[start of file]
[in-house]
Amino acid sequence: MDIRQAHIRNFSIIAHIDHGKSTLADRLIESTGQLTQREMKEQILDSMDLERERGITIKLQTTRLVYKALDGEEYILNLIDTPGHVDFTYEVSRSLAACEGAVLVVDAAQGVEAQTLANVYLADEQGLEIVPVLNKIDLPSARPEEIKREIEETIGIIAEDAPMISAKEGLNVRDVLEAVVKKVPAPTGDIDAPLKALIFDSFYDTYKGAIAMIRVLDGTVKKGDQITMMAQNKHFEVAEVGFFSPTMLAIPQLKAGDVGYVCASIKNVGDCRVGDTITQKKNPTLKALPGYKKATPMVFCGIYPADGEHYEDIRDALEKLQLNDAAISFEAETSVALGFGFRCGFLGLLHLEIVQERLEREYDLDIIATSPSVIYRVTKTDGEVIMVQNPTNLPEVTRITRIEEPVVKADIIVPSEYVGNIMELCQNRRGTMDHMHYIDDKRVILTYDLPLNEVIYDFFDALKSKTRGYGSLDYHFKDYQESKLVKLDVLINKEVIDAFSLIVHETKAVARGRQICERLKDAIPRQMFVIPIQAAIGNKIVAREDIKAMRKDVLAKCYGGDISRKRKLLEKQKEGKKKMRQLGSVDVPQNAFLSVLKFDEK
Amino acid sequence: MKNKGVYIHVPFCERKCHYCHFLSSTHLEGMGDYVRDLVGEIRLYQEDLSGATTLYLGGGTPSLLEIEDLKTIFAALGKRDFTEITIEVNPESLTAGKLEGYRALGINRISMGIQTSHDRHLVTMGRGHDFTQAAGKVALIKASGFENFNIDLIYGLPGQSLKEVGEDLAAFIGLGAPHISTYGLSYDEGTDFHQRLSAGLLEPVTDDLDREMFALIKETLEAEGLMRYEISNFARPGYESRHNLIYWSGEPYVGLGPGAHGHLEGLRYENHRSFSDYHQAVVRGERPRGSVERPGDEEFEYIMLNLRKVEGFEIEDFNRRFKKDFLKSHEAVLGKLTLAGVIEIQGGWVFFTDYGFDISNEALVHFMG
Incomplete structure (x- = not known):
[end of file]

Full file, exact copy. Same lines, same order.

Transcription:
[in-house]
Amino acid sequence: MDIRQAHIRNFSIIAHIDHGKSTLADRLIESTGQLTQREMKEQILDSMDLERERGITIKLQTTRLVYKALDGEEYILNLIDTPGHVDFTYEVSRSLAACEGAVLVVDAAQGVEAQTLANVYLADEQGLEIVPVLNKIDLPSARPEEIKREIEETIGIIAEDAPMISAKEGLNVRDVLEAVVKKVPAPTGDIDAPLKALIFDSFYDTYKGAIAMIRVLDGTVKKGDQITMMAQNKHFEVAEVGFFSPTMLAIPQLKAGDVGYVCASIKNVGDCRVGDTITQKKNPTLKALPGYKKATPMVFCGIYPADGEHYEDIRDALEKLQLNDAAISFEAETSVALGFGFRCGFLGLLHLEIVQERLEREYDLDIIATSPSVIYRVTKTDGEVIMVQNPTNLPEVTRITRIEEPVVKADIIVPSEYVGNIMELCQNRRGTMDHMHYIDDKRVILTYDLPLNEVIYDFFDALKSKTRGYGSLDYHFKDYQESKLVKLDVLINKEVIDAFSLIVHETKAVARGRQICERLKDAIPRQMFVIPIQAAIGNKIVAREDIKAMRKDVLAKCYGGDISRKRKLLEKQKEGKKKMRQLGSVDVPQNAFLSVLKFDEK
Amino acid sequence: MKNKGVYIHVPFCERKCHYCHFLSSTHLEGMGDYVRDLVGEIRLYQEDLSGATTLYLGGGTPSLLEIEDLKTIFAALGKRDFTEITIEVNPESLTAGKLEGYRALGINRISMGIQTSHDRHLVTMGRGHDFTQAAGKVALIKASGFENFNIDLIYGLPGQSLKEVGEDLAAFIGLGAPHISTYGLSYDEGTDFHQRLSAGLLEPVTDDLDREMFALIKETLEAEGLMRYEISNFARPGYESRHNLIYWSGEPYVGLGPGAHGHLEGLRYENHRSFSDYHQAVVRGERPRGSVERPGDEEFEYIMLNLRKVEGFEIEDFNRRFKKDFLKSHEAVLGKLTLAGVIEIQGGWVFFTDYGFDISNEALVHFMG
Incomplete structure (x- = not known):